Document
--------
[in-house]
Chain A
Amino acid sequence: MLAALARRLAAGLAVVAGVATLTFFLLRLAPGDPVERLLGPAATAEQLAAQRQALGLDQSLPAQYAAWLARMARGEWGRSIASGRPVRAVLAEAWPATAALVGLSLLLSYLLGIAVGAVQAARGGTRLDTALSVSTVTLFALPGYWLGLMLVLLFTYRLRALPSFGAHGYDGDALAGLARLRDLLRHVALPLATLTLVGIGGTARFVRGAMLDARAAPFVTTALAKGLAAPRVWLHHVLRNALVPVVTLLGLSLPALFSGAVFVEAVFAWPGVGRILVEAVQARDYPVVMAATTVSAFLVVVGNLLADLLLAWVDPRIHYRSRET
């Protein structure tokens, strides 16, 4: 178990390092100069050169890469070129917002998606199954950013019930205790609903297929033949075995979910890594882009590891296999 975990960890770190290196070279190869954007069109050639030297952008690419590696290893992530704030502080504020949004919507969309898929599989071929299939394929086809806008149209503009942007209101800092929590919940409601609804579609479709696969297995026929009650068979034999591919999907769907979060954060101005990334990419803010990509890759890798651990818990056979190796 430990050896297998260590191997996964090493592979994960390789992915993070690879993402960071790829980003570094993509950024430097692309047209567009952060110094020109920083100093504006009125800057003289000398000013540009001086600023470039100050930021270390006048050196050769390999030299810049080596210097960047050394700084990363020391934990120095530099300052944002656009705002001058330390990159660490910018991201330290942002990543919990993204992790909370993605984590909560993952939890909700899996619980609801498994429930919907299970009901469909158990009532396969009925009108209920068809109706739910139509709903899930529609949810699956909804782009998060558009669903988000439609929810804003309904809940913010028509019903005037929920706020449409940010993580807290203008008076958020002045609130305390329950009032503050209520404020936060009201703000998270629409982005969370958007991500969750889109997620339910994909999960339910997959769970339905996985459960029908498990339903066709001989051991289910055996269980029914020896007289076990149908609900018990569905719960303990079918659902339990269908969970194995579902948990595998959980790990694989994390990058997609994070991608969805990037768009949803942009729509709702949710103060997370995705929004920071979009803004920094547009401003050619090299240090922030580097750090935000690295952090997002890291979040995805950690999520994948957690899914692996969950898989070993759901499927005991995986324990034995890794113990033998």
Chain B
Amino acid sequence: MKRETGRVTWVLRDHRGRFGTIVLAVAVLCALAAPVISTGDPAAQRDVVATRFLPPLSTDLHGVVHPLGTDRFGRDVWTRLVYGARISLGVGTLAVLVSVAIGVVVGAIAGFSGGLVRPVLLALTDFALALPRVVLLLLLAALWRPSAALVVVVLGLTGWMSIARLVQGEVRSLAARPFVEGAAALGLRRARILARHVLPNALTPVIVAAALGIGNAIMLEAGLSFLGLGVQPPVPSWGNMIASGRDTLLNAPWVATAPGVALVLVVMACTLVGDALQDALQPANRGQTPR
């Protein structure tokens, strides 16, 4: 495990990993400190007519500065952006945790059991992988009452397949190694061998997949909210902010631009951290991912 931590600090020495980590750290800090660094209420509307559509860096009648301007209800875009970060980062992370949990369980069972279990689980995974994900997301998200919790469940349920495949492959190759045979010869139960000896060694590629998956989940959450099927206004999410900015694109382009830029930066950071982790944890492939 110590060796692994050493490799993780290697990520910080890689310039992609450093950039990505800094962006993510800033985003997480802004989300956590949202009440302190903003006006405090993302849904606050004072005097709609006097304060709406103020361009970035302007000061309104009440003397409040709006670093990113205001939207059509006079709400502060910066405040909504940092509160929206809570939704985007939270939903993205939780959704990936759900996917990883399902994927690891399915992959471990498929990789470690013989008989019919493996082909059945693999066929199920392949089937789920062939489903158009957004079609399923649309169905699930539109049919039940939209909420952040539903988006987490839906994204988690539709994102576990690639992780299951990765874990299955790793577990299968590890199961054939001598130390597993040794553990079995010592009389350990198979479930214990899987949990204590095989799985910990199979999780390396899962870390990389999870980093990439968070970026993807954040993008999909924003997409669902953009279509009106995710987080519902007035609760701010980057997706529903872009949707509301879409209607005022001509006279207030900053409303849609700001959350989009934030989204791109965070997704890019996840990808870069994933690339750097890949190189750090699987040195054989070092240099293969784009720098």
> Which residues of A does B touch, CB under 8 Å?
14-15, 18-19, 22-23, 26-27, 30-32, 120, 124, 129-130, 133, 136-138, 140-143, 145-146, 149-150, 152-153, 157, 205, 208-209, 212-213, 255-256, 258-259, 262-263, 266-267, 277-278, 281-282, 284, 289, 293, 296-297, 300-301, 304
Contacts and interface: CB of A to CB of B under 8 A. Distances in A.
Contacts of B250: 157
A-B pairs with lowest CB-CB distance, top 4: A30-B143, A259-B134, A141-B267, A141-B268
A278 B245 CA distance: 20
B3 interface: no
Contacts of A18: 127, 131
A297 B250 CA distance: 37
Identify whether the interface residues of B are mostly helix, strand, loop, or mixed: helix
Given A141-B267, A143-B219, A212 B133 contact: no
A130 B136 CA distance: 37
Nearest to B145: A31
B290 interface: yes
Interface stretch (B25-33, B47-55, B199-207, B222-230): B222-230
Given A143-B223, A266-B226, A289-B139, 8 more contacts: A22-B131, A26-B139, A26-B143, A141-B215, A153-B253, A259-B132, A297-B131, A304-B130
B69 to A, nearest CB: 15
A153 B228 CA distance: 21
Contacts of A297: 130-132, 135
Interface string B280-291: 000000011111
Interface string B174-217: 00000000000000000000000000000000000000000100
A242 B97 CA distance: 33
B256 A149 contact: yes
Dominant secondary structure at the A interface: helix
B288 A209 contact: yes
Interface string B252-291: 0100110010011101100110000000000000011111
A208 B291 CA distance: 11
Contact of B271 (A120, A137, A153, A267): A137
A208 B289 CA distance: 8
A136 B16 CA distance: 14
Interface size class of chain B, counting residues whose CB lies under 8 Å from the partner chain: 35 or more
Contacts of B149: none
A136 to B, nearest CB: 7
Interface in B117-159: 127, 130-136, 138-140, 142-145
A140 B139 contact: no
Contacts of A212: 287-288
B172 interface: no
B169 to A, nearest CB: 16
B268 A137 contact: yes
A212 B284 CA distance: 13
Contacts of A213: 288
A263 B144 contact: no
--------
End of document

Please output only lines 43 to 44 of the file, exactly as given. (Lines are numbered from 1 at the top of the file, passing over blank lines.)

Contacts of A212: 287-288
B172 interface: no